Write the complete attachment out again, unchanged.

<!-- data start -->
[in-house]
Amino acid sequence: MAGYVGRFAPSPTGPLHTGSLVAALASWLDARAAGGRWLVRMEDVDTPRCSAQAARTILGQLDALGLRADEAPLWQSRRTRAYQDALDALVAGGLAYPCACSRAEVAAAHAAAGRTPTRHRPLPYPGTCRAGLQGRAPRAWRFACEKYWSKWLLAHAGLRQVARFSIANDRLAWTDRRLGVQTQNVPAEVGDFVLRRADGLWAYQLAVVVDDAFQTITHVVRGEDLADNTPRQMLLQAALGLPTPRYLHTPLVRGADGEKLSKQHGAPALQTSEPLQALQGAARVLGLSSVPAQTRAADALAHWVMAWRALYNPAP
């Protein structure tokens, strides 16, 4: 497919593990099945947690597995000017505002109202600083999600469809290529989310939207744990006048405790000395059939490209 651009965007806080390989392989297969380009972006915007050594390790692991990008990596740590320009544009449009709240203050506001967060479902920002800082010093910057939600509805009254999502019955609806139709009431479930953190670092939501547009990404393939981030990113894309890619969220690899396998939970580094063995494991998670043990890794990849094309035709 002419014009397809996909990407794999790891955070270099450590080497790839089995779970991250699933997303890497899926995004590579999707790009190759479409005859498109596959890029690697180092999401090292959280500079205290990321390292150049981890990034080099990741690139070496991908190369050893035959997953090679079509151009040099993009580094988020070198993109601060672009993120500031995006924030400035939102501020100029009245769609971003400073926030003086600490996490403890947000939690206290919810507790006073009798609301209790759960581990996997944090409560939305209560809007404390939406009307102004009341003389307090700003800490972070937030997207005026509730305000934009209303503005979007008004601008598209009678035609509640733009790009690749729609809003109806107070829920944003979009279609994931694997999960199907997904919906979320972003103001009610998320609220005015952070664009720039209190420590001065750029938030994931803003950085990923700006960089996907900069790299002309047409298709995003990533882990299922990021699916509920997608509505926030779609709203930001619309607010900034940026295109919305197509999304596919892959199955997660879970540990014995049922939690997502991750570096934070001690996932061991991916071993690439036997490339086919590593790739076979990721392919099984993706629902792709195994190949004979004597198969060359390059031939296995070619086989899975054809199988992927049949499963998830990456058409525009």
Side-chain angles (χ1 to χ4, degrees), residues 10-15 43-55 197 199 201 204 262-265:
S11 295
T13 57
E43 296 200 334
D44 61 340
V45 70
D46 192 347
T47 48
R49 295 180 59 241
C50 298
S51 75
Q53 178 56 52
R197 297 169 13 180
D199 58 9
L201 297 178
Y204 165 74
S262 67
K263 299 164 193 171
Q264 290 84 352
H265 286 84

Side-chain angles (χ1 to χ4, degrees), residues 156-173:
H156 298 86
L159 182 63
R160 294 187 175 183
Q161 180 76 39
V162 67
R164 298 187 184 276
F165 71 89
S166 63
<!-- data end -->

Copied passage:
[in-house]
Amino acid sequence: MAGYVGRFAPSPTGPLHTGSLVAALASWLDARAAGGRWLVRMEDVDTPRCSAQAARTILGQLDALGLRADEAPLWQSRRTRAYQDALDALVAGGLAYPCACSRAEVAAAHAAAGRTPTRHRPLPYPGTCRAGLQGRAPRAWRFACEKYWSKWLLAHAGLRQVARFSIANDRLAWTDRRLGVQTQNVPAEVGDFVLRRADGLWAYQLAVVVDDAFQTITHVVRGEDLADNTPRQMLLQAALGLPTPRYLHTPLVRGADGEKLSKQHGAPALQTSEPLQALQGAARVLGLSSVPAQTRAADALAHWVMAWRALYNPAP
């Protein structure tokens, strides 16, 4: 497919593990099945947690597995000017505002109202600083999600469809290529989310939207744990006048405790000395059939490209 651009965007806080390989392989297969380009972006915007050594390790692991990008990596740590320009544009449009709240203050506001967060479902920002800082010093910057939600509805009254999502019955609806139709009431479930953190670092939501547009990404393939981030990113894309890619969220690899396998939970580094063995494991998670043990890794990849094309035709 002419014009397809996909990407794999790891955070270099450590080497790839089995779970991250699933997303890497899926995004590579999707790009190759479409005859498109596959890029690697180092999401090292959280500079205290990321390292150049981890990034080099990741690139070496991908190369050893035959997953090679079509151009040099993009580094988020070198993109601060672009993120500031995006924030400035939102501020100029009245769609971003400073926030003086600490996490403890947000939690206290919810507790006073009798609301209790759960581990996997944090409560939305209560809007404390939406009307102004009341003389307090700003800490972070937030997207005026509730305000934009209303503005979007008004601008598209009678035609509640733009790009690749729609809003109806107070829920944003979009279609994931694997999960199907997904919906979320972003103001009610998320609220005015952070664009720039209190420590001065750029938030994931803003950085990923700006960089996907900069790299002309047409298709995003990533882990299922990021699916509920997608509505926030779609709203930001619309607010900034940026295109919305197509999304596919892959199955997660879970540990014995049922939690997502991750570096934070001690996932061991991916071993690439036997490339086919590593790739076979990721392919099984993706629902792709195994190949004979004597198969060359390059031939296995070619086989899975054809199988992927049949499963998830990456058409525009």
Side-chain angles (χ1 to χ4, degrees), residues 10-15 43-55 197 199 201 204 262-265:
S11 295
T13 57
E43 296 200 334
D44 61 340
V45 70
D46 192 347
T47 48
R49 295 180 59 241
C50 298
S51 75
Q53 178 56 52
R197 297 169 13 180
D199 58 9
L201 297 178
Y204 165 74
S262 67
K263 299 164 193 171
Q264 290 84 352
H265 286 84

Side-chain angles (χ1 to χ4, degrees), residues 156-173:
H156 298 86
L159 182 63
R160 294 187 175 183
Q161 180 76 39
V162 67
R164 298 187 184 276
F165 71 89
S166 63